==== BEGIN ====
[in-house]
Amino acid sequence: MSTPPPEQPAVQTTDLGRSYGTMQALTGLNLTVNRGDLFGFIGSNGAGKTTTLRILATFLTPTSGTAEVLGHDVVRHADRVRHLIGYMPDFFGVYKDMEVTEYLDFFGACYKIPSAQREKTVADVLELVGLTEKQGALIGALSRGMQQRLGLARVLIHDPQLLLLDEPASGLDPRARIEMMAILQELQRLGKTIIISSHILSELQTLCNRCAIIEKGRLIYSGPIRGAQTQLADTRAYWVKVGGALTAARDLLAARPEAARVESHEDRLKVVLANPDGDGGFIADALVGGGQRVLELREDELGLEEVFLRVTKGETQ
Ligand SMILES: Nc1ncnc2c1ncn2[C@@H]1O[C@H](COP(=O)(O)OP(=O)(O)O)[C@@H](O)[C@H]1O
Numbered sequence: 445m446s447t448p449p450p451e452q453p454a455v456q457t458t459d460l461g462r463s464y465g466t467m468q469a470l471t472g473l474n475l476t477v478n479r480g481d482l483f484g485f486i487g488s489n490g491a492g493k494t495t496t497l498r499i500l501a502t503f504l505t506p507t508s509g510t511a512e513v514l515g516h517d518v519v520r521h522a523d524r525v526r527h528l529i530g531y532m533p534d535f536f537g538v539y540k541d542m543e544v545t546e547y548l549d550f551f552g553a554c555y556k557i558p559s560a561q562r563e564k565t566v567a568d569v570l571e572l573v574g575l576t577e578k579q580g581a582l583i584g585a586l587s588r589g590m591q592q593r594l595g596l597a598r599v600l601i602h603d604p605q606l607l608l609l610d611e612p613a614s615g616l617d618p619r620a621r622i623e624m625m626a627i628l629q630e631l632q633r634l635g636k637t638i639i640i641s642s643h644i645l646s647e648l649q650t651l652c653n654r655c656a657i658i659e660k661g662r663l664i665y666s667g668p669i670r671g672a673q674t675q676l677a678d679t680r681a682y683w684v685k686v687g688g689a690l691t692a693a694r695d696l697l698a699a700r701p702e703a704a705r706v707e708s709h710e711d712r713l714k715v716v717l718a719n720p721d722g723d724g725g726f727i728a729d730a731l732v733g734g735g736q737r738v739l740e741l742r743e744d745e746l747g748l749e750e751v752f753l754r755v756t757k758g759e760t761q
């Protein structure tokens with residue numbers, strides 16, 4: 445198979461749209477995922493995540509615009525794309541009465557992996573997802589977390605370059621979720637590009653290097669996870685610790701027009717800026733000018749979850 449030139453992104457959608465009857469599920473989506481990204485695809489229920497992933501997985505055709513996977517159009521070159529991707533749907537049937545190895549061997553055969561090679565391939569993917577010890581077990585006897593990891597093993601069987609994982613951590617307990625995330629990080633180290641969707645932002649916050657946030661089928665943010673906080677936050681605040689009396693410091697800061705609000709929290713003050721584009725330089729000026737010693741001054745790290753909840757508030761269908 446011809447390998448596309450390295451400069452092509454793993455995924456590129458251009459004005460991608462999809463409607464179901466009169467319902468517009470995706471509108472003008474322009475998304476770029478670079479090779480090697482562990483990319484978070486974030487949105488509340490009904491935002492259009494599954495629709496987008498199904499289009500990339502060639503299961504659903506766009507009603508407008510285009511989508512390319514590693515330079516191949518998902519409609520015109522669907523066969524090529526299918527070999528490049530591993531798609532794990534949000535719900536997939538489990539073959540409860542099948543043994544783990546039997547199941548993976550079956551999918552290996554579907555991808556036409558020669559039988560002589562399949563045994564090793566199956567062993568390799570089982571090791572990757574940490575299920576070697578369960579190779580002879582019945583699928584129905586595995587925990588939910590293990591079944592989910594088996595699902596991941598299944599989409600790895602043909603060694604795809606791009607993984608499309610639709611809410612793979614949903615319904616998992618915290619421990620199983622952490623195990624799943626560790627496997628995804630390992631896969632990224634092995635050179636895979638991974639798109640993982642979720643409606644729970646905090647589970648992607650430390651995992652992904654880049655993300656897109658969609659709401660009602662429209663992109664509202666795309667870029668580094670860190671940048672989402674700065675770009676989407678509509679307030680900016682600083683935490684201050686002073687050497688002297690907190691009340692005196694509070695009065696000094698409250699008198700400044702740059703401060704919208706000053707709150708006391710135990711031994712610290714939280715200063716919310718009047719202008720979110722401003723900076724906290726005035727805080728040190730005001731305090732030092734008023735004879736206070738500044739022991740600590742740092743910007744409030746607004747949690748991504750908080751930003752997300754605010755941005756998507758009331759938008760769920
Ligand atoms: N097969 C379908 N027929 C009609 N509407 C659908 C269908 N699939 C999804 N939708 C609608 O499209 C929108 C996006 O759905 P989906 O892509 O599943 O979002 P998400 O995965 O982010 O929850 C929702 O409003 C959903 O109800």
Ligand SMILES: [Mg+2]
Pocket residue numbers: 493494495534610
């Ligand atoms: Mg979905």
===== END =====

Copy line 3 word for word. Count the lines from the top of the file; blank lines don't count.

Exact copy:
Ligand SMILES: Nc1ncnc2c1ncn2[C@@H]1O[C@H](COP(=O)(O)OP(=O)(O)O)[C@@H](O)[C@H]1O